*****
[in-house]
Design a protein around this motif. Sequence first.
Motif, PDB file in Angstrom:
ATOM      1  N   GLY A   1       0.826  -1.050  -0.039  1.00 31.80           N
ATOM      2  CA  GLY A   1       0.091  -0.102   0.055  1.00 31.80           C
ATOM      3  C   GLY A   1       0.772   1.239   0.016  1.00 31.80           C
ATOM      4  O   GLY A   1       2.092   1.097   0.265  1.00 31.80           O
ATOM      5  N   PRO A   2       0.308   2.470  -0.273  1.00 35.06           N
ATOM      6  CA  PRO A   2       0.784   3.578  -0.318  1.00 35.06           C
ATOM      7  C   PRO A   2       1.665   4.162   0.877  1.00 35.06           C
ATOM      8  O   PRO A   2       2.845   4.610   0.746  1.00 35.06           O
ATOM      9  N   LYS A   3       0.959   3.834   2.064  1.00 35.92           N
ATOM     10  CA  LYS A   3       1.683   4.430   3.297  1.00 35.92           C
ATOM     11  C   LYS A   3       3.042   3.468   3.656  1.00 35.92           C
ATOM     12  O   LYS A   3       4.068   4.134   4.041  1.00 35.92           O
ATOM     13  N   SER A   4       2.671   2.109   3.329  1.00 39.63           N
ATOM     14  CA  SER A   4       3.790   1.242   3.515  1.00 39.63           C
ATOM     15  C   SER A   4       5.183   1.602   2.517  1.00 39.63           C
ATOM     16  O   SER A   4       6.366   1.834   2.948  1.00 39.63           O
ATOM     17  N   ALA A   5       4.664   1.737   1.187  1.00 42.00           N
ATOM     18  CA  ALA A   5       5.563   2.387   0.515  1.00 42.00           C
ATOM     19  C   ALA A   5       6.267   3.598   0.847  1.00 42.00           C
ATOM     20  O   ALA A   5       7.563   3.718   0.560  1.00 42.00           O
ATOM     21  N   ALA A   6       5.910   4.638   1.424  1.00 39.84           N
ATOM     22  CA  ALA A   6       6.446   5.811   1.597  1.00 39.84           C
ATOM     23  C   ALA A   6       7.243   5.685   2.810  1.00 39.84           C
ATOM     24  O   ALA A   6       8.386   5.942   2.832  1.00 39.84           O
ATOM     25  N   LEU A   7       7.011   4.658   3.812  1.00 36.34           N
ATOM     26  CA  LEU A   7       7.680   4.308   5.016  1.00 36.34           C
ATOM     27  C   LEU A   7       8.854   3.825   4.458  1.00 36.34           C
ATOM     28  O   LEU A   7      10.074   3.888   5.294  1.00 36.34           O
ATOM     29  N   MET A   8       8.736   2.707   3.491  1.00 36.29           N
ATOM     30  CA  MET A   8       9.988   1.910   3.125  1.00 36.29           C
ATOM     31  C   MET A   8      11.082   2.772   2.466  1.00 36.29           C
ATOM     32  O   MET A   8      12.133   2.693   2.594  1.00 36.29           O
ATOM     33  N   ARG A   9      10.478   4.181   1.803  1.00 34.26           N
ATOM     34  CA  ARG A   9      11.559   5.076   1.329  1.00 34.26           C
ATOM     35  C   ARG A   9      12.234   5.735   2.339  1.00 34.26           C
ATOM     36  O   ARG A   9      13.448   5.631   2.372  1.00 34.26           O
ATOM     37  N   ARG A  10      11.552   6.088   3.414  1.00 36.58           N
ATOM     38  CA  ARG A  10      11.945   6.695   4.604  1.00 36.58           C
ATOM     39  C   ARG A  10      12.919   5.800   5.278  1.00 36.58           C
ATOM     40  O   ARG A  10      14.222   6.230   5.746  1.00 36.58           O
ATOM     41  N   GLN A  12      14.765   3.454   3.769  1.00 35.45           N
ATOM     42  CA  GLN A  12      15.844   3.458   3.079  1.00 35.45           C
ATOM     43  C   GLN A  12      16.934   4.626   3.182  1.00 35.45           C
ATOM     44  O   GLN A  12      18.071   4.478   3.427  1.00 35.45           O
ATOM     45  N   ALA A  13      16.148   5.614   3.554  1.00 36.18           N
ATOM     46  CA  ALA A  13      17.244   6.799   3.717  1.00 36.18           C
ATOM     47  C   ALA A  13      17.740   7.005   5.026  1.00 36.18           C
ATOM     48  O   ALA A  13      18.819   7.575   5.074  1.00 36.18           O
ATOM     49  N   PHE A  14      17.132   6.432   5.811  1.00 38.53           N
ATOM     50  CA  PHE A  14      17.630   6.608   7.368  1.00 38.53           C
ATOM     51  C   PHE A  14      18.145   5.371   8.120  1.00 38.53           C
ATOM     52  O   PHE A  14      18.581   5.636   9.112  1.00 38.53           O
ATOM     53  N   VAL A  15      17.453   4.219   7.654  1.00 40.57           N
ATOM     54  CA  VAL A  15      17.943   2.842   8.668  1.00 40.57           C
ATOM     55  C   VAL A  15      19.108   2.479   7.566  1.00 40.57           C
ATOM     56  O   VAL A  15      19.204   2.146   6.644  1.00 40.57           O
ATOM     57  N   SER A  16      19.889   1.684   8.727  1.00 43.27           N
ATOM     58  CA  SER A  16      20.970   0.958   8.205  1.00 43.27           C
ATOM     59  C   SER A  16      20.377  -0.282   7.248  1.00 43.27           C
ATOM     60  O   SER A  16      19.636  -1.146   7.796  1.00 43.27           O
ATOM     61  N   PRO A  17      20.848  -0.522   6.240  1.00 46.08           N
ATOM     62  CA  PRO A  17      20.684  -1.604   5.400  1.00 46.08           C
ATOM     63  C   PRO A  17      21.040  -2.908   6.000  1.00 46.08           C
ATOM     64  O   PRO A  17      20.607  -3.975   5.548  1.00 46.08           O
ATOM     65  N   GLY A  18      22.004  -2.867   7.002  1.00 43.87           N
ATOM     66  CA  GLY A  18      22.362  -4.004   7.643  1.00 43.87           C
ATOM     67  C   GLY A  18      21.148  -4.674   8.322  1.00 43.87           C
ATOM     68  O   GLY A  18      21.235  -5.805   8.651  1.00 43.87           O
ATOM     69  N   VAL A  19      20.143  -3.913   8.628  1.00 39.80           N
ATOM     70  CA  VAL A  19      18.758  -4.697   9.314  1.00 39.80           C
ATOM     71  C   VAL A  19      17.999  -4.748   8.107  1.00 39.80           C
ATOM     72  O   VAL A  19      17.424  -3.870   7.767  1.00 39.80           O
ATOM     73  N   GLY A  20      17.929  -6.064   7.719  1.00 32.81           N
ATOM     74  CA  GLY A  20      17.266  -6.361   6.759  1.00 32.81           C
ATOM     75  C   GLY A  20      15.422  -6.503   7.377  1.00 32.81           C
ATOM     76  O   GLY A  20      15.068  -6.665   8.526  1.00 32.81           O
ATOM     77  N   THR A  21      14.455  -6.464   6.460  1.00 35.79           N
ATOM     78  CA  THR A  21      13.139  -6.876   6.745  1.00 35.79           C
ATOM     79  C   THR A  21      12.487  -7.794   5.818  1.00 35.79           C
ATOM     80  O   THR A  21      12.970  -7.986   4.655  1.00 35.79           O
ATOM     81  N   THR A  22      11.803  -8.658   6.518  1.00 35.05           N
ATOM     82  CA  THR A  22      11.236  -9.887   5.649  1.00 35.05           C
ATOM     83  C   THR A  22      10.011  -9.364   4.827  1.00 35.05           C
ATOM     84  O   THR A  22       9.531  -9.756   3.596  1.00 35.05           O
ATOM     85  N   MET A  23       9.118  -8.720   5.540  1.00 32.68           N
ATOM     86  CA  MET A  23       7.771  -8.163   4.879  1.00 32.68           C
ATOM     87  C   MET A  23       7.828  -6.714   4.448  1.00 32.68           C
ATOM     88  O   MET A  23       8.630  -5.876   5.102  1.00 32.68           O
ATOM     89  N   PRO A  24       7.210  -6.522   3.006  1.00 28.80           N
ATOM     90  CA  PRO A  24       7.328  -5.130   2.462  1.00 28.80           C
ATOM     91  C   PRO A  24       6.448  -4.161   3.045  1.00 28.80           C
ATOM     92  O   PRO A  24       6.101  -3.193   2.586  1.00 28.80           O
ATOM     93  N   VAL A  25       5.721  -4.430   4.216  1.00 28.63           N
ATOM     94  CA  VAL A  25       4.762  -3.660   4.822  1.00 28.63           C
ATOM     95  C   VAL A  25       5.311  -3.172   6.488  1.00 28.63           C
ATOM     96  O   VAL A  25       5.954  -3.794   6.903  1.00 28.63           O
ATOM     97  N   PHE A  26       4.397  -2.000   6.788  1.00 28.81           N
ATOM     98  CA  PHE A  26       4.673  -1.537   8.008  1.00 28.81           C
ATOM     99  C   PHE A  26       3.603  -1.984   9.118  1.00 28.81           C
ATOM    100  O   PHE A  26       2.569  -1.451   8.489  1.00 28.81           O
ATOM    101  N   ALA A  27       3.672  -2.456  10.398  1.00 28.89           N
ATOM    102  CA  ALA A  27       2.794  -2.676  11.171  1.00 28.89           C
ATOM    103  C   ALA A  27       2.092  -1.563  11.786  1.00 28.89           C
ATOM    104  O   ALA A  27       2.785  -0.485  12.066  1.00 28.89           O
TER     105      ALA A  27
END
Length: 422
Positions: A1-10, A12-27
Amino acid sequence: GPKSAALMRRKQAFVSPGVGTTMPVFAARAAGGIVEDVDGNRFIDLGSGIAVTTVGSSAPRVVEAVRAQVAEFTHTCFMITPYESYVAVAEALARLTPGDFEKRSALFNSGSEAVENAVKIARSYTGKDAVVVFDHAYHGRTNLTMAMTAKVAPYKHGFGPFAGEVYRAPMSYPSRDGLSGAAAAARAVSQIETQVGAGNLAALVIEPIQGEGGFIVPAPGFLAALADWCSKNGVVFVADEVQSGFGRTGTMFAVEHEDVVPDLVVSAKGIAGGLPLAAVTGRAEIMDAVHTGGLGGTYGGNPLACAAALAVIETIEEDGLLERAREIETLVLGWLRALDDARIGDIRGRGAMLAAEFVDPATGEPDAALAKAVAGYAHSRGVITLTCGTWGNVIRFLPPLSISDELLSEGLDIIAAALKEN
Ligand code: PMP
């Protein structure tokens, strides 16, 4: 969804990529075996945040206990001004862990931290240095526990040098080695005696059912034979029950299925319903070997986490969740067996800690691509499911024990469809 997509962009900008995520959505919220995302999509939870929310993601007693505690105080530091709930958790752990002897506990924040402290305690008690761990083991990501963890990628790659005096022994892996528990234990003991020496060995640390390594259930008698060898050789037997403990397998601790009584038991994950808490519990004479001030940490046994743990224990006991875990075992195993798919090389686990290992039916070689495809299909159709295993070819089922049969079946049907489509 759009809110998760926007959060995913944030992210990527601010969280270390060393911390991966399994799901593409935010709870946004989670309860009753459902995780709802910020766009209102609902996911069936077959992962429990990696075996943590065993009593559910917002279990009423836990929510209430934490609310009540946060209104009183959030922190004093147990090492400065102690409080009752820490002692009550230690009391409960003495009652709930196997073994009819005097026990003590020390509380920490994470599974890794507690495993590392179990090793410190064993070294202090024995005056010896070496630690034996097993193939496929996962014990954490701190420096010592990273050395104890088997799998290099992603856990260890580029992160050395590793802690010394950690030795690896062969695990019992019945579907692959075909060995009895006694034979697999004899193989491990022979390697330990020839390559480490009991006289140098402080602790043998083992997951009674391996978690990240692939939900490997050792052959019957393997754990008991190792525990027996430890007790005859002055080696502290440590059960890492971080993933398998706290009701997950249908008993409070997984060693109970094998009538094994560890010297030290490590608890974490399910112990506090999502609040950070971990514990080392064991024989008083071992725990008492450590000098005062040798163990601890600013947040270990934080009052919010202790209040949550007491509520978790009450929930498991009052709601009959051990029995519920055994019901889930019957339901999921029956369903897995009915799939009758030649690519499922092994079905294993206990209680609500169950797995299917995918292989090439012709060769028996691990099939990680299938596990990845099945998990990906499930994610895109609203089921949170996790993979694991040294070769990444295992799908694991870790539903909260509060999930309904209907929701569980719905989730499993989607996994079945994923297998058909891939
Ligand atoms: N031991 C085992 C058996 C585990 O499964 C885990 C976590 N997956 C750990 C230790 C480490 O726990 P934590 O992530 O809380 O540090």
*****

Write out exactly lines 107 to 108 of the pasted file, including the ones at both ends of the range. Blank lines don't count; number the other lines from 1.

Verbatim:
ATOM    104  O   ALA A  27       2.785  -0.485  12.066  1.00 28.89           O
TER     105      ALA A  27